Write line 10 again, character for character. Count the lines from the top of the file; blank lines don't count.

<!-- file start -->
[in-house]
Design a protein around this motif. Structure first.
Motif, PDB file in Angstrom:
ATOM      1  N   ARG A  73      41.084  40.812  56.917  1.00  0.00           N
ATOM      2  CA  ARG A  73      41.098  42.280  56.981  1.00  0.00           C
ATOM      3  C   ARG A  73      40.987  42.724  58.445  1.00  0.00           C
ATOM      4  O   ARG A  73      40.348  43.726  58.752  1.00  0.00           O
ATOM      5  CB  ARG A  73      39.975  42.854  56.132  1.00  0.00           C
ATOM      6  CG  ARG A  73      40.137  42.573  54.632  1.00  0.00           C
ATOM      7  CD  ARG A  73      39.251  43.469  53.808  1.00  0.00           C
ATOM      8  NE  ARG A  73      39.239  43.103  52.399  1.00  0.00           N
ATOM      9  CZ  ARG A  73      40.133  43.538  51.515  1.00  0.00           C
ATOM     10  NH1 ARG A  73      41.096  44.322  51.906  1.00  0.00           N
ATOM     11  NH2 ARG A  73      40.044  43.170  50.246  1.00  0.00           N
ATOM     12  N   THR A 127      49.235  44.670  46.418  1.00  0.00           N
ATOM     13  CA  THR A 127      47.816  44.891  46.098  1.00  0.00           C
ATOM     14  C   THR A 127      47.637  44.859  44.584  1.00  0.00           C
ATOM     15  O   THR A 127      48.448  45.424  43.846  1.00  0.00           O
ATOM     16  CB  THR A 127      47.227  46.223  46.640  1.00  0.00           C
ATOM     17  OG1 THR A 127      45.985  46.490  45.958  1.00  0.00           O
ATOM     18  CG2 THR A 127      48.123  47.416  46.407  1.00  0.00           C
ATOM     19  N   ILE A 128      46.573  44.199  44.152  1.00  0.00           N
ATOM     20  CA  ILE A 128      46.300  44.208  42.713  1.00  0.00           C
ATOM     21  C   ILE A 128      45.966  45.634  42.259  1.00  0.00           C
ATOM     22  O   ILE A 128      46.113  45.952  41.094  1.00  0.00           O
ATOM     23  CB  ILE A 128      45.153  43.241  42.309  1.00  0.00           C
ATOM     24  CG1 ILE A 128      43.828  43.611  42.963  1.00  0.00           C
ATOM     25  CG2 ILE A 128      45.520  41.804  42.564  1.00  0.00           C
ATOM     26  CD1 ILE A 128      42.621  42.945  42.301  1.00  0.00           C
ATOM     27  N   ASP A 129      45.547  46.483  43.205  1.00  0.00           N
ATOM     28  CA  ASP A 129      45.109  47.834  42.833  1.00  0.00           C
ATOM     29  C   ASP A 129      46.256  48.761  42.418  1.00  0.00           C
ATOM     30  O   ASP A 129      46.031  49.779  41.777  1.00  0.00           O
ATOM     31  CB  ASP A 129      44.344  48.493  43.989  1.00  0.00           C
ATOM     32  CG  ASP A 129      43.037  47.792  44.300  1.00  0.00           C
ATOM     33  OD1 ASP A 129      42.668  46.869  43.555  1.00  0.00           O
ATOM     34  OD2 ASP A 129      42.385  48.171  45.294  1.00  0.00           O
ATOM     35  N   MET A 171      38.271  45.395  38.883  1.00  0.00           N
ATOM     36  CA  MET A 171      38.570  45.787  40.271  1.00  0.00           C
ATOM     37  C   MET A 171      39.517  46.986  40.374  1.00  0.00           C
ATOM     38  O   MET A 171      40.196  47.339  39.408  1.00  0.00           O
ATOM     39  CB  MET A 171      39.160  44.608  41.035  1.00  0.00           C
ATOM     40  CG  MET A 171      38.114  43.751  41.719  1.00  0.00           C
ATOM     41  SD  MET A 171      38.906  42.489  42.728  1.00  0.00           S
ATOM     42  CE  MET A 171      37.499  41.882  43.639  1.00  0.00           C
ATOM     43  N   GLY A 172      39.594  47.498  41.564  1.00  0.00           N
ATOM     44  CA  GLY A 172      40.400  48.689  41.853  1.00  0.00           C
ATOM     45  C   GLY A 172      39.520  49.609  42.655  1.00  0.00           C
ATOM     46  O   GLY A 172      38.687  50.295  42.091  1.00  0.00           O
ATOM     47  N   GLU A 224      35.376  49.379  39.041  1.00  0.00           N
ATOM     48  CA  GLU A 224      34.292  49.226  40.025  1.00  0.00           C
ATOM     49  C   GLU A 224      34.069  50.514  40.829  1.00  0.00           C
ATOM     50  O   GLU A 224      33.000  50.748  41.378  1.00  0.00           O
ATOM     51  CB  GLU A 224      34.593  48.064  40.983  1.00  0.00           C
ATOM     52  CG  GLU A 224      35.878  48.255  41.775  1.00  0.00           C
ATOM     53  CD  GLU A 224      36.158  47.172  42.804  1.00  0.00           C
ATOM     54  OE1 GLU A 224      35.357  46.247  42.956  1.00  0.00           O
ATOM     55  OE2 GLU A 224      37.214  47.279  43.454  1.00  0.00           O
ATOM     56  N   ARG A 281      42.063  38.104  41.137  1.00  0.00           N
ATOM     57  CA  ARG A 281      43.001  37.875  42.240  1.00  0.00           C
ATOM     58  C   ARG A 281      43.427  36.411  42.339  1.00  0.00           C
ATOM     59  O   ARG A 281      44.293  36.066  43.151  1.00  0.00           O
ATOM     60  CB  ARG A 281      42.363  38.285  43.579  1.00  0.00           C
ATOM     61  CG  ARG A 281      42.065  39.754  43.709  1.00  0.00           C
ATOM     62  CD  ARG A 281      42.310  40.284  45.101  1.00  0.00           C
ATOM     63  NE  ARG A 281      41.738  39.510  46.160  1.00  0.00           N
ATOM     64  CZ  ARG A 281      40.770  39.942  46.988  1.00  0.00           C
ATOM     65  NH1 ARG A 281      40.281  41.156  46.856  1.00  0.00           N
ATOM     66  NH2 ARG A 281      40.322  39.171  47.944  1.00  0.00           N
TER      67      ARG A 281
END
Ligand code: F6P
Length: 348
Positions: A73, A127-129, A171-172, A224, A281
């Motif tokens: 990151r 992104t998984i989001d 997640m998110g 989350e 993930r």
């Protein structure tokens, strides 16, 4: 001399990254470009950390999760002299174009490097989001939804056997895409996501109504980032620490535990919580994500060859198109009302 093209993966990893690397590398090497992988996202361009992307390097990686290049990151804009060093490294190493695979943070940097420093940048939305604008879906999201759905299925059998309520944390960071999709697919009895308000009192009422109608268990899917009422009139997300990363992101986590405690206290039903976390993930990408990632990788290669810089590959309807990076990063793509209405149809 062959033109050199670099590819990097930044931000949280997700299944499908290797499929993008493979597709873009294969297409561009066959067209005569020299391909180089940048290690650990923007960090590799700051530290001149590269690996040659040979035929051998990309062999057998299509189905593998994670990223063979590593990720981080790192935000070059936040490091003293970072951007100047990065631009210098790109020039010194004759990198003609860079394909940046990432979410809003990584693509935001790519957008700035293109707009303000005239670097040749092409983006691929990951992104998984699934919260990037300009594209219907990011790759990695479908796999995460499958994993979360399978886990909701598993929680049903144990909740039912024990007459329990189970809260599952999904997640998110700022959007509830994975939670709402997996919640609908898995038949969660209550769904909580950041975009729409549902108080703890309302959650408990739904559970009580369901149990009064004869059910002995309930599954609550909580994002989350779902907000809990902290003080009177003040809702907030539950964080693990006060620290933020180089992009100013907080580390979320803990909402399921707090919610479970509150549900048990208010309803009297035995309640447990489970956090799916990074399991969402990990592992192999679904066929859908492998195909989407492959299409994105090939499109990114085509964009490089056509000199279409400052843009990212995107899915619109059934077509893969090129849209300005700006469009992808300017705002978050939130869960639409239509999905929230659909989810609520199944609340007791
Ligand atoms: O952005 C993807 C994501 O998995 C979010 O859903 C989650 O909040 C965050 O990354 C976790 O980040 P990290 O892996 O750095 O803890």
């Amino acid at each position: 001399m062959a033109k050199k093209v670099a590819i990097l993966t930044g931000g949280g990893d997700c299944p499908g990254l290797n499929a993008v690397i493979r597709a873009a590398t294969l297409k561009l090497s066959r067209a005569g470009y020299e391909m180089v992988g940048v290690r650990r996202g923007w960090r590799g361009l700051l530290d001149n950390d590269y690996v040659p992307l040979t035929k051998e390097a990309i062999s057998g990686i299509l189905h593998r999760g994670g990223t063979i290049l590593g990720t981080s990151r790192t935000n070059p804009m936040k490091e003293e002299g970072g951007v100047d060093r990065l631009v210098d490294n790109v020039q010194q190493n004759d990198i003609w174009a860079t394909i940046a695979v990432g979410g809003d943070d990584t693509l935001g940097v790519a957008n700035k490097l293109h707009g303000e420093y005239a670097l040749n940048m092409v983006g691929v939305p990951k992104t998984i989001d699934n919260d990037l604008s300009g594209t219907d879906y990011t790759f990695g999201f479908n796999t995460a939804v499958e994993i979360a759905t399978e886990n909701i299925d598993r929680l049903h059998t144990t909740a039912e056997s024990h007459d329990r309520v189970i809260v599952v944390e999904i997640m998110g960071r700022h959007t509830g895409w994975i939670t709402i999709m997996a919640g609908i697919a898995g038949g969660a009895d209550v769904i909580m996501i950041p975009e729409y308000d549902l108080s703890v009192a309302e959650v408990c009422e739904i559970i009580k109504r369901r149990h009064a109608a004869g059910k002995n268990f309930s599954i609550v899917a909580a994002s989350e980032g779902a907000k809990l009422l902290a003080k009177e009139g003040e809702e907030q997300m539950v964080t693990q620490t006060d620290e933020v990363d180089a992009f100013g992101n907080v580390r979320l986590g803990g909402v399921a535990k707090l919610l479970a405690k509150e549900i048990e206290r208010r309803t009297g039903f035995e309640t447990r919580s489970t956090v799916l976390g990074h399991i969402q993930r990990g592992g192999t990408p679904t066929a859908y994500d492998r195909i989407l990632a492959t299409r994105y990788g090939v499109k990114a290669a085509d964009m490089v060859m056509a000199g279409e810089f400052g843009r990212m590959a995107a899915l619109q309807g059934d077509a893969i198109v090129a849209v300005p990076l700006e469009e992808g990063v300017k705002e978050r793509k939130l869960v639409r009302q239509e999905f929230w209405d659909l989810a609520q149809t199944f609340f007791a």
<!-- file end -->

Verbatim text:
ATOM      7  CD  ARG A  73      39.251  43.469  53.808  1.00  0.00           C